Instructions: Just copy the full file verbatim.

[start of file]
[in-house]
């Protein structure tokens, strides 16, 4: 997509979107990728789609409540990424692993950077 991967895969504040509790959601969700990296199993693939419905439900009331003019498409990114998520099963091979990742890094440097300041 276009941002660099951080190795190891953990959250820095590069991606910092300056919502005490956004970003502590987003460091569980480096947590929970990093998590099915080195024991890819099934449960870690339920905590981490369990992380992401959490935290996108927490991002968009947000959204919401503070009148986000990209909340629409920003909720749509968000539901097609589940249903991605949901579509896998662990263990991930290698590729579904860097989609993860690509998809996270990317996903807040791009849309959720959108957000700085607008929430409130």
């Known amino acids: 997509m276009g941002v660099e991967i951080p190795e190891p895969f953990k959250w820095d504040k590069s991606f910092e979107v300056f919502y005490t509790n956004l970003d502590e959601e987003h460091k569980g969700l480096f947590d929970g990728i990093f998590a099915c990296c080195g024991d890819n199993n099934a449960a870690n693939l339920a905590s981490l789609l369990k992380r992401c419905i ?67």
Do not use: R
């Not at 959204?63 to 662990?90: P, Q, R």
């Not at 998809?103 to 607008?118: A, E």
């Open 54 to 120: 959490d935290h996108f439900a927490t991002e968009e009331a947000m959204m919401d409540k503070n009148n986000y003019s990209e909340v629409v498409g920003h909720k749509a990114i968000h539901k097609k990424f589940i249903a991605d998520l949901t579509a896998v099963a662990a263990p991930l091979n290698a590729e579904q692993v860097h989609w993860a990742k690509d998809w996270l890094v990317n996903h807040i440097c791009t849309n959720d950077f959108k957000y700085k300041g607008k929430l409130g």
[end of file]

[in-house]
């Protein structure tokens, strides 16, 4: 997509979107990728789609409540990424692993950077 991967895969504040509790959601969700990296199993693939419905439900009331003019498409990114998520099963091979990742890094440097300041 276009941002660099951080190795190891953990959250820095590069991606910092300056919502005490956004970003502590987003460091569980480096947590929970990093998590099915080195024991890819099934449960870690339920905590981490369990992380992401959490935290996108927490991002968009947000959204919401503070009148986000990209909340629409920003909720749509968000539901097609589940249903991605949901579509896998662990263990991930290698590729579904860097989609993860690509998809996270990317996903807040791009849309959720959108957000700085607008929430409130």
């Known amino acids: 997509m276009g941002v660099e991967i951080p190795e190891p895969f953990k959250w820095d504040k590069s991606f910092e979107v300056f919502y005490t509790n956004l970003d502590e959601e987003h460091k569980g969700l480096f947590d929970g990728i990093f998590a099915c990296c080195g024991d890819n199993n099934a449960a870690n693939l339920a905590s981490l789609l369990k992380r992401c419905i ?67």
Do not use: R
């Not at 959204?63 to 662990?90: P, Q, R």
């Not at 998809?103 to 607008?118: A, E």
């Open 54 to 120: 959490d935290h996108f439900a927490t991002e968009e009331a947000m959204m919401d409540k503070n009148n986000y003019s990209e909340v629409v498409g920003h909720k749509a990114i968000h539901k097609k990424f589940i249903a991605d998520l949901t579509a896998v099963a662990a263990p991930l091979n290698a590729e579904q692993v860097h989609w993860a990742k690509d998809w996270l890094v990317n996903h807040i440097c791009t849309n959720d950077f959108k957000y700085k300041g607008k929430l409130g």